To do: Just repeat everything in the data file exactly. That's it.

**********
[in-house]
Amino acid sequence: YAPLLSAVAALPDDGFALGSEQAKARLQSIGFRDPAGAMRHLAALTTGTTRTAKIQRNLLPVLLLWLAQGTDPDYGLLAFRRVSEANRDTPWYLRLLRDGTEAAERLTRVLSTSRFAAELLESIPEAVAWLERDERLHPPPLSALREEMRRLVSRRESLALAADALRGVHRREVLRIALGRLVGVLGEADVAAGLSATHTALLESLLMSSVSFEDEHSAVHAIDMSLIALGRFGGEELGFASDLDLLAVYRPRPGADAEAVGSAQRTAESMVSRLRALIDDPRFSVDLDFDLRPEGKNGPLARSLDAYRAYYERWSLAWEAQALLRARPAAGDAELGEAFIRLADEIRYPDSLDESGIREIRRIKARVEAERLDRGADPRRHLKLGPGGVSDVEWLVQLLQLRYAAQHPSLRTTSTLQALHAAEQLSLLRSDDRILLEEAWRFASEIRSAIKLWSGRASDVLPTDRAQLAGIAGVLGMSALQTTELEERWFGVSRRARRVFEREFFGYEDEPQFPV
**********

[in-house]
Amino acid sequence: YAPLLSAVAALPDDGFALGSEQAKARLQSIGFRDPAGAMRHLAALTTGTTRTAKIQRNLLPVLLLWLAQGTDPDYGLLAFRRVSEANRDTPWYLRLLRDGTEAAERLTRVLSTSRFAAELLESIPEAVAWLERDERLHPPPLSALREEMRRLVSRRESLALAADALRGVHRREVLRIALGRLVGVLGEADVAAGLSATHTALLESLLMSSVSFEDEHSAVHAIDMSLIALGRFGGEELGFASDLDLLAVYRPRPGADAEAVGSAQRTAESMVSRLRALIDDPRFSVDLDFDLRPEGKNGPLARSLDAYRAYYERWSLAWEAQALLRARPAAGDAELGEAFIRLADEIRYPDSLDESGIREIRRIKARVEAERLDRGADPRRHLKLGPGGVSDVEWLVQLLQLRYAAQHPSLRTTSTLQALHAAEQLSLLRSDDRILLEEAWRFASEIRSAIKLWSGRASDVLPTDRAQLAGIAGVLGMSALQTTELEERWFGVSRRARRVFEREFFGYEDEPQFPV